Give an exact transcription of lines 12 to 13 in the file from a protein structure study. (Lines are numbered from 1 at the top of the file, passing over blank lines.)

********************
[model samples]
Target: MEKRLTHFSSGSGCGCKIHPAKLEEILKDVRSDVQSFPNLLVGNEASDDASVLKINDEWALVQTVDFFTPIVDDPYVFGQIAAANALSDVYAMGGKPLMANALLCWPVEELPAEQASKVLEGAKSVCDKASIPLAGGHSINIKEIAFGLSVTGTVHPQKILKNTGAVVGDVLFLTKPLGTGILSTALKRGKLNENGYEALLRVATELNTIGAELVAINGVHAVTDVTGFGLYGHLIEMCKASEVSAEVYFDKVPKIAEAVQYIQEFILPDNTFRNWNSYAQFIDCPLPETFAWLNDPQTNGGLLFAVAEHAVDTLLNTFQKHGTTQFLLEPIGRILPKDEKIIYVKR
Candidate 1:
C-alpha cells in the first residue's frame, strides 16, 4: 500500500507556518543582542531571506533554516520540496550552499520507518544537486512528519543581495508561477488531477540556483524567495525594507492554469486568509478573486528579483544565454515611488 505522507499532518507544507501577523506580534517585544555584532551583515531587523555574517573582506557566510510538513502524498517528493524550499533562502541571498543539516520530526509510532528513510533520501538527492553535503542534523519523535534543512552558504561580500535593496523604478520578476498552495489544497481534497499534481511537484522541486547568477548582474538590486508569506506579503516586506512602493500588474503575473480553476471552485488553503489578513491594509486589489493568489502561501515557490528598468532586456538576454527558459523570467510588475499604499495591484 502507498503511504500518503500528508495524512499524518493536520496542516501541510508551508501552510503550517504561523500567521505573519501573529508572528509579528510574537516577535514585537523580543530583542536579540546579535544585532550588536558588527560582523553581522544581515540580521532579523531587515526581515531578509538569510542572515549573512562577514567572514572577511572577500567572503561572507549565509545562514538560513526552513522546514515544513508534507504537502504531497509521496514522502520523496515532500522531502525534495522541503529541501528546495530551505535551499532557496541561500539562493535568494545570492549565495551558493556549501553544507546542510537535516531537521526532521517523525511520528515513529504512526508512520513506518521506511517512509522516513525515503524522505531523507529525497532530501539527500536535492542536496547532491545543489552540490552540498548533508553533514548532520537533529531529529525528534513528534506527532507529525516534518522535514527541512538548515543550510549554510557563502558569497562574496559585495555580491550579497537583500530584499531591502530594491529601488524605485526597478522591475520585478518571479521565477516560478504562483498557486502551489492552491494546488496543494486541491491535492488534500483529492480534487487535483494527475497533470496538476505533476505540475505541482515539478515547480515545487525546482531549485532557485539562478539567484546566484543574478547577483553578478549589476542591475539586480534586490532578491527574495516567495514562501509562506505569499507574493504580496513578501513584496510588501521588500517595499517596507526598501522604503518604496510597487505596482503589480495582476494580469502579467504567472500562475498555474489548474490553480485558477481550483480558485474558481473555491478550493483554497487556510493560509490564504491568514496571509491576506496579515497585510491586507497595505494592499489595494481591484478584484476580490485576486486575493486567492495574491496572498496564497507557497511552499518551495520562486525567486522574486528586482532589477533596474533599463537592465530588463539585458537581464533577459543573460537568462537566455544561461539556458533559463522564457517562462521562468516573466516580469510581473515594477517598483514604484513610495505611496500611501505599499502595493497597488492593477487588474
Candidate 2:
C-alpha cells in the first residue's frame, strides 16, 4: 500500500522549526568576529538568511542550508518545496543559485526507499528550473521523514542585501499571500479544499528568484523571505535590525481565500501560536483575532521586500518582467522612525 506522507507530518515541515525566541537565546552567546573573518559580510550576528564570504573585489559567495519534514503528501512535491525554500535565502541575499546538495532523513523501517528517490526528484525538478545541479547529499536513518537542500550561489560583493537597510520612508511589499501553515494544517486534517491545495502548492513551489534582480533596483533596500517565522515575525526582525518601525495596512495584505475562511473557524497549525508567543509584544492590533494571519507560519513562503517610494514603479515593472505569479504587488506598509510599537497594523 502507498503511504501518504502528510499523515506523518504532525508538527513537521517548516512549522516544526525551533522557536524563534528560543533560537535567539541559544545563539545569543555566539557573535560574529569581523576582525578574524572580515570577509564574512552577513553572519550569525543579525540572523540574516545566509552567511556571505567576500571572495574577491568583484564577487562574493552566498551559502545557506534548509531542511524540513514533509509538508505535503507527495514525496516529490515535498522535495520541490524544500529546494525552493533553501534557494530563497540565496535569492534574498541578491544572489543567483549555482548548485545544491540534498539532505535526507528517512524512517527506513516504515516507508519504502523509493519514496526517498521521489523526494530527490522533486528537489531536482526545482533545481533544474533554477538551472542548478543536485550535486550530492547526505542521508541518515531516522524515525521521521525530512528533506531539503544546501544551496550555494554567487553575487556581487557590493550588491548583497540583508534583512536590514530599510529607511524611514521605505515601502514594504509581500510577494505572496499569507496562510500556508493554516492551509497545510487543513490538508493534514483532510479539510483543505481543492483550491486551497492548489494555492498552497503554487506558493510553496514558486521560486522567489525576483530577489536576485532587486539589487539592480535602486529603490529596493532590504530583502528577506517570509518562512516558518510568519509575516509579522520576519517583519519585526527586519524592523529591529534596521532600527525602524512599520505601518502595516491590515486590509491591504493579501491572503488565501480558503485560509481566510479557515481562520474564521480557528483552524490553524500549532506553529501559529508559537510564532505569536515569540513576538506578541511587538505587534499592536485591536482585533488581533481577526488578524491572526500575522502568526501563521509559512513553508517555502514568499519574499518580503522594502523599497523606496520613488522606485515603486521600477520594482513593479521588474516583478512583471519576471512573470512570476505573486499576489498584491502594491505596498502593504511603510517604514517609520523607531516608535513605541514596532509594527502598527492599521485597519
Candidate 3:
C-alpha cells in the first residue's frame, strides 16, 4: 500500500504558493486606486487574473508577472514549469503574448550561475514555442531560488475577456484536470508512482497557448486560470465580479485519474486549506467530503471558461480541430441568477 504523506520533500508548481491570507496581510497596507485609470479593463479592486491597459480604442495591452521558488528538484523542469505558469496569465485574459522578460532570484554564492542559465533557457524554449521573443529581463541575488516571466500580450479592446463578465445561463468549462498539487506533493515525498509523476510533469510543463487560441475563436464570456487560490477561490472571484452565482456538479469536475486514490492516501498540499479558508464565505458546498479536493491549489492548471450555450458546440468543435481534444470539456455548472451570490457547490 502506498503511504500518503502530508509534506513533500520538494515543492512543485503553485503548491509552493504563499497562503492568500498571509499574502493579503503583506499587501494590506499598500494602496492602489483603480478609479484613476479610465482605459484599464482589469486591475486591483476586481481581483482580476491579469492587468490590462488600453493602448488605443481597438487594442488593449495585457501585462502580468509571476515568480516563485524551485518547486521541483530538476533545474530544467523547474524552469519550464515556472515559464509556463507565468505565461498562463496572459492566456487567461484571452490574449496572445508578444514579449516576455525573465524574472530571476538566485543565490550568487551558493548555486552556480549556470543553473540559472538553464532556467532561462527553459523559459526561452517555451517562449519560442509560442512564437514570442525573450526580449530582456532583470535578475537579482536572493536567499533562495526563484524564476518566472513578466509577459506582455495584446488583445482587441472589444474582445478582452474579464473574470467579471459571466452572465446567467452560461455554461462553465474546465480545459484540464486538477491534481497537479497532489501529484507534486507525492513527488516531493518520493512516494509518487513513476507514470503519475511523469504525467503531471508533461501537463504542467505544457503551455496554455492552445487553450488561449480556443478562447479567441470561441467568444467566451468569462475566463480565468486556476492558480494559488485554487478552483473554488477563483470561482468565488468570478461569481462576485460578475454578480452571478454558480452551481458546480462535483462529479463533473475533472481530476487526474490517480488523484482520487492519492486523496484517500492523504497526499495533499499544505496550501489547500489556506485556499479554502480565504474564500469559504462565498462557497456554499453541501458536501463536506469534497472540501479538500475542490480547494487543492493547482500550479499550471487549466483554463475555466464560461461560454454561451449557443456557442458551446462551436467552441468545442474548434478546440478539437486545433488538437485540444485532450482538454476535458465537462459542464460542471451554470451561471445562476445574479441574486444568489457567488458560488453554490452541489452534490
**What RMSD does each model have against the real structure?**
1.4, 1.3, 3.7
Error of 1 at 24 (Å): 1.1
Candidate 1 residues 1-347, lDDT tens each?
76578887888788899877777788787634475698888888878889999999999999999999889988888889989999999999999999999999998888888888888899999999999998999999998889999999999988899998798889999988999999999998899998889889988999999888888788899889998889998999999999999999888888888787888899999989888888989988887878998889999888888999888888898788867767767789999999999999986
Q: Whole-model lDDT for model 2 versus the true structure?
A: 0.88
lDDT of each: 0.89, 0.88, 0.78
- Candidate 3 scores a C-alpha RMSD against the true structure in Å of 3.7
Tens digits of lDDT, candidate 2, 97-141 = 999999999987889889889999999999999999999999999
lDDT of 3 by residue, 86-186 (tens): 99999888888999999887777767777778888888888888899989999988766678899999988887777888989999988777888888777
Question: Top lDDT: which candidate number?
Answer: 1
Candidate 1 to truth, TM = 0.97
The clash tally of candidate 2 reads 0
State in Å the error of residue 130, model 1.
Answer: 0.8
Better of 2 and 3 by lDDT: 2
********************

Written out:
Candidate 1 residues 1-347, lDDT tens each?
76578887888788899877777788787634475698888888878889999999999999999999889988888889989999999999999999999999998888888888888899999999999998999999998889999999999988899998798889999988999999999998899998889889988999999888888788899889998889998999999999999999888888888787888899999989888888989988887878998889999888888999888888898788867767767789999999999999986